There is one exception to the above scenario where you always will have to recreate the database to get to the desired (new) character-set. If  the new character-set is a super set ( if it is holding  the same characters ( and at the same location in the character table))  then a conversion will be possible.  Of course still needed to do a proper analyses about the data present in the database before starting such conversion , plan a scenario in pre-production to do the conversion, do a lot of analyses of the results , run the same scenario ( run inventory  do an impact analyses  first on production,  making a backup, do the conversion and do a lot of post checks ones that conversion has completed).

Before Oracle 12 two tools would need to be used to do the conversion. Csscan tool would do the inventory activity and present the results in three files about the consequences of such a conversion.  If data would be lost you will have to manually fix such issues  and rerun the csscan tool. Once that has been done the csalter tool would need to run in a  restricted database ( only one instance up in case of a rac (all others need to be down) ,  only one session logged in as sys, only in a restricted database).  Of course this will mean  that  the csalter tool will require a downtime of your environment .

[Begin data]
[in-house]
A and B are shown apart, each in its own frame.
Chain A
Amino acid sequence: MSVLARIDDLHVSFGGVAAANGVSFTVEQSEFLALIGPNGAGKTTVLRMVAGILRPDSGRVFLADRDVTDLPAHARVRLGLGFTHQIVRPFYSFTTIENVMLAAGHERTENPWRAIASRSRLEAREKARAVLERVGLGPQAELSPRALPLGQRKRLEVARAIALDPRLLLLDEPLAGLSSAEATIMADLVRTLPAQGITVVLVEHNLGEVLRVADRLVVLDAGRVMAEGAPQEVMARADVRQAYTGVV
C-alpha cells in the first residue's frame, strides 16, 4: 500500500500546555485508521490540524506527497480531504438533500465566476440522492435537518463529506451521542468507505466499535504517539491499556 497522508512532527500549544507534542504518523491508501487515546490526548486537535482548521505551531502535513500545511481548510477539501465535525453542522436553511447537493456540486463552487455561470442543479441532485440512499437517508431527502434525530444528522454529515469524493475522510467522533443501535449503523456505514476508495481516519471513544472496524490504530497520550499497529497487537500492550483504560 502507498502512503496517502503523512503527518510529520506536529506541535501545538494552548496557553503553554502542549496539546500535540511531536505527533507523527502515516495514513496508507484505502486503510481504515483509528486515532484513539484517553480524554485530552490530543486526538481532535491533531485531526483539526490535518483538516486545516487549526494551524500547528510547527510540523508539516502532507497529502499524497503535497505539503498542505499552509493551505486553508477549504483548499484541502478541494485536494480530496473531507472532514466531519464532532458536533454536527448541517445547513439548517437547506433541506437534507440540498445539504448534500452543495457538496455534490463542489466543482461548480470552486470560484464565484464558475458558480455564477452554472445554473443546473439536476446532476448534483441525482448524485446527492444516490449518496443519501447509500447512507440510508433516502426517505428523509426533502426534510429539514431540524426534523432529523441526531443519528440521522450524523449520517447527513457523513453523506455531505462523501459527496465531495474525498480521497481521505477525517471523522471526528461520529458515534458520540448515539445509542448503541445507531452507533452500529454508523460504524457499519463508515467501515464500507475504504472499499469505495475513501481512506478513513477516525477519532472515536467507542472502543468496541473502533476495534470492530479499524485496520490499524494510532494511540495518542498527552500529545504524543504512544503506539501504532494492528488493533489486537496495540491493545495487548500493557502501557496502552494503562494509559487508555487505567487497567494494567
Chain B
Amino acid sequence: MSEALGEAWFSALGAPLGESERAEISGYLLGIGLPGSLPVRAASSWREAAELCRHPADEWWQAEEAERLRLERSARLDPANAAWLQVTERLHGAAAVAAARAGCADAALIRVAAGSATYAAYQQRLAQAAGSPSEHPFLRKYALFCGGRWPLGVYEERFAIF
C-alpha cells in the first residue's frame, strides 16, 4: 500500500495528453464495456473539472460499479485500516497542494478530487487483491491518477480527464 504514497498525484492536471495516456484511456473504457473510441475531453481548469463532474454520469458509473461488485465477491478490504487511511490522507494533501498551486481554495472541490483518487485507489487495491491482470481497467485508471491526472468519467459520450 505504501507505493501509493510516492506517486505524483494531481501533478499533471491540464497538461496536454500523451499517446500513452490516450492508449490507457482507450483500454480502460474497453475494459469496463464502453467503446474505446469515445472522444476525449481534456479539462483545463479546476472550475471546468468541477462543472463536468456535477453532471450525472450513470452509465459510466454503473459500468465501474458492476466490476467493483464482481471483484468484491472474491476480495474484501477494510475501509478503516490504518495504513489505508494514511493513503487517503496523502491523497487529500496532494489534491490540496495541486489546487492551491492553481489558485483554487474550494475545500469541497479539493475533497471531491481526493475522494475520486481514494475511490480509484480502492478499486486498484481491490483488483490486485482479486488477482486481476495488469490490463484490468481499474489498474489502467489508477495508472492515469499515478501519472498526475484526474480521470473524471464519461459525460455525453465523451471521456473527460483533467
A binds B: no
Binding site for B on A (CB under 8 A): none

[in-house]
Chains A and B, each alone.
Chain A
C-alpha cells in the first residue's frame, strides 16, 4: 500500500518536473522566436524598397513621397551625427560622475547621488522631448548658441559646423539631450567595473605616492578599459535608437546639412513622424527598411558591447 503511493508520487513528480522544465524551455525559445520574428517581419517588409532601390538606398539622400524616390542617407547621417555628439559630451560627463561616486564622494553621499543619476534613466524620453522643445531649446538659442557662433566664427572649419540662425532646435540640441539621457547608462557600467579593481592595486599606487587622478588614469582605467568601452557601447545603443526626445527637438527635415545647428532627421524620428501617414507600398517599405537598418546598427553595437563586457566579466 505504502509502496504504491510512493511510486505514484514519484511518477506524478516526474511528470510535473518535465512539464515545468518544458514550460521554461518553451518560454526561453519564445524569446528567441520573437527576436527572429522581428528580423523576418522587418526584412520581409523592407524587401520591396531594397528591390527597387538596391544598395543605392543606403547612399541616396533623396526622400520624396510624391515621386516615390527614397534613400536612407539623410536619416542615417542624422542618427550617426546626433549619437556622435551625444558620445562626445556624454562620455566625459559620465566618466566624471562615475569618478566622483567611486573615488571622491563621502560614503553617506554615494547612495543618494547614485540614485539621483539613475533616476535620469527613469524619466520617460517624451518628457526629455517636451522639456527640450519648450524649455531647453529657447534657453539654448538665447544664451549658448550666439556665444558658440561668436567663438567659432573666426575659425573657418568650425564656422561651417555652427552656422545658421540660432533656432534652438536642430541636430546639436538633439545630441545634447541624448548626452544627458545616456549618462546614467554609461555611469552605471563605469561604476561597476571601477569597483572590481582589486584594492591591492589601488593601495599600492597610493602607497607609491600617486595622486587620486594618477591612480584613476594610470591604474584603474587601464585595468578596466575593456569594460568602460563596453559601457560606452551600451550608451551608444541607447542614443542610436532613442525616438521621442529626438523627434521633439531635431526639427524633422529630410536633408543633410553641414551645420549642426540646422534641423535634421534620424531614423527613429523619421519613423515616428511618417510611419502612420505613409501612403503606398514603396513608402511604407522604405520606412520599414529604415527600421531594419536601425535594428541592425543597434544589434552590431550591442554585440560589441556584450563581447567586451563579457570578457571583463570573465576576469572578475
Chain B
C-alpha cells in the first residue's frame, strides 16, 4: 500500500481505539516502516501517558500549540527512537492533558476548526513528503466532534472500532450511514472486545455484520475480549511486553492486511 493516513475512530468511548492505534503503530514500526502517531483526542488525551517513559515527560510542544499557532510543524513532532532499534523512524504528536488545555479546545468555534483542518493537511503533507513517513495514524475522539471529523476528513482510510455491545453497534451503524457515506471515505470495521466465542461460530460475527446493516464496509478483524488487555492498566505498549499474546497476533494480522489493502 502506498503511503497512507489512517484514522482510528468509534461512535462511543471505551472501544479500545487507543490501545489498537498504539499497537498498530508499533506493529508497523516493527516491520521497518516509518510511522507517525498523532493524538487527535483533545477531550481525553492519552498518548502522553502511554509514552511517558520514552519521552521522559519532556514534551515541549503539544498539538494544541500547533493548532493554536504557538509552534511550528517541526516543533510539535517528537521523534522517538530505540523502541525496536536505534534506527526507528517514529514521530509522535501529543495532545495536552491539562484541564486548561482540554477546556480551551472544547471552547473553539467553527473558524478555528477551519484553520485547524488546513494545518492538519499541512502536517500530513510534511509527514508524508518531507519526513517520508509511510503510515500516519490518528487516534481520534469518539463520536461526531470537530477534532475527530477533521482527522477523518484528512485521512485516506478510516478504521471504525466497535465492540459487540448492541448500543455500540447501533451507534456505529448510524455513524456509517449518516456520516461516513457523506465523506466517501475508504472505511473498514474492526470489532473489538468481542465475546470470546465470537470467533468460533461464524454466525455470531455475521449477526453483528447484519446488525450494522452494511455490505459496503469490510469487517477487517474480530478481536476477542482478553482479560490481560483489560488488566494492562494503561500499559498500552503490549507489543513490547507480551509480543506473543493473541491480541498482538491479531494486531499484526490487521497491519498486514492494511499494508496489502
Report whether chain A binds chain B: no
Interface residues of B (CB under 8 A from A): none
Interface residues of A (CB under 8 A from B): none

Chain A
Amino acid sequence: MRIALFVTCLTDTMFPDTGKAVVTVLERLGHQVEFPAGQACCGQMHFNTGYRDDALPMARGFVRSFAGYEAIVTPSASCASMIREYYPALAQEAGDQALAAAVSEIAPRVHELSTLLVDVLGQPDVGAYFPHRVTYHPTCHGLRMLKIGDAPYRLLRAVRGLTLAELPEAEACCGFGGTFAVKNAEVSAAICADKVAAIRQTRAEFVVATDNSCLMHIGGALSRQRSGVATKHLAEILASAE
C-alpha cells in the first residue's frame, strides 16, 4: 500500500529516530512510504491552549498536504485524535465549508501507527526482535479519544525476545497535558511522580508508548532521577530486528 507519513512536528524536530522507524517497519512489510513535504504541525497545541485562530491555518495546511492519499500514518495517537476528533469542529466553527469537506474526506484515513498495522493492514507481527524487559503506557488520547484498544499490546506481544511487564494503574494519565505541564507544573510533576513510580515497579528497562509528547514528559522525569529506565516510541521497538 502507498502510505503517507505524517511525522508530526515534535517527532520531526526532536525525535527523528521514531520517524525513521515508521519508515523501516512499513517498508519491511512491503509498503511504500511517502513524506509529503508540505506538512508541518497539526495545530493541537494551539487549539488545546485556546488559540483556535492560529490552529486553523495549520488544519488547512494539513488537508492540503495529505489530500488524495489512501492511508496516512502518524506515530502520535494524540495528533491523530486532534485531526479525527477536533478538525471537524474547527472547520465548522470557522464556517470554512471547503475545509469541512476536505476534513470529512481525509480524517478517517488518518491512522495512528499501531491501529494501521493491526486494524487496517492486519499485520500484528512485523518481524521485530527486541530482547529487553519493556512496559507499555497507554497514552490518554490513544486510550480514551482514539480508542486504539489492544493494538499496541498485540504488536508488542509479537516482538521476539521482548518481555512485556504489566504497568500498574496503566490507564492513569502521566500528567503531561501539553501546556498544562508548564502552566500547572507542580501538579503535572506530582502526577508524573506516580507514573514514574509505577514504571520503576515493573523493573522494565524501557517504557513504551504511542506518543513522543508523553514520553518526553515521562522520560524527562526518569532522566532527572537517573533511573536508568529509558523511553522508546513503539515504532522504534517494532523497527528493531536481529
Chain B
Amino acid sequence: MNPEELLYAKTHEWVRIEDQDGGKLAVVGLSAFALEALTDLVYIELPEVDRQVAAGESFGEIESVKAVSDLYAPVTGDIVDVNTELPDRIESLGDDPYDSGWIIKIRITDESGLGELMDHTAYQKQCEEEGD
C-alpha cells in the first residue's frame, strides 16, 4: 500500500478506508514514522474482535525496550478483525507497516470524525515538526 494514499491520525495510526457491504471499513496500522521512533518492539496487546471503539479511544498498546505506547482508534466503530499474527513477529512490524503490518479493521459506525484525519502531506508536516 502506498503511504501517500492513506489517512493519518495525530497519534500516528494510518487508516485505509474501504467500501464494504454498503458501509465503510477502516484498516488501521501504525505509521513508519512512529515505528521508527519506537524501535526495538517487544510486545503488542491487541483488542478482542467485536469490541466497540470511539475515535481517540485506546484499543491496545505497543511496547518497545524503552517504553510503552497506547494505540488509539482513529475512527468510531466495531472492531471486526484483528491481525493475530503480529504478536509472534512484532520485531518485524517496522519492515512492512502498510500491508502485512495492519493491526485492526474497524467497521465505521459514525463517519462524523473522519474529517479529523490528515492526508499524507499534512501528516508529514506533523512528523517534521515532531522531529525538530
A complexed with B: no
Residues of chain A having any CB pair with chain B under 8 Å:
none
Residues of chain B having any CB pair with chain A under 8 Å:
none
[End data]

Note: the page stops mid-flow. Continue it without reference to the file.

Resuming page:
In Oracle 12 csscan and csalter are no longer supported and you will have to look for the dmu tool.

Csscan and Csalter

Preparations:

### This Mos note has been used  as a baseline for the csscan:

Installing and configuring Csscan in 10g and 11g (Database Character Set Scanner) (Doc ID 745809.1)

Changing the NLS_CHARACTERSET to AL32UTF8 / UTF8 (Unicode) in 8i, 9i , 10g and 11g (Doc ID 260192.1)

Csscan Output Explained (Doc ID 444701.1)

As a best practice it was mentioned to alter the script after making a copy of it.

### In the existing f.e. 11G ORACLE_HOME:
cp $ORACLE_HOME/rdbms/admin/csminst.sql $ORACLE_HOME/rdbms/admin/csminst.sql.old

### As best practice alter the script by altering the csmig user to an existing tablespace in the database with enough room. ( Hint: you might even consider to put the designated tablespace to autoextend till the analyses have completed).

alter user csmig default tablespace nomonitor quota unlimited on nomonitor;

### Then run the adapted script:

sqlplus /nolog
conn / as sysdba
set TERMOUT ON
set ECHO ON
spool csminst.log
@?/rdbms/admin/csminst.sql

### Make sure you perform below changes to the user: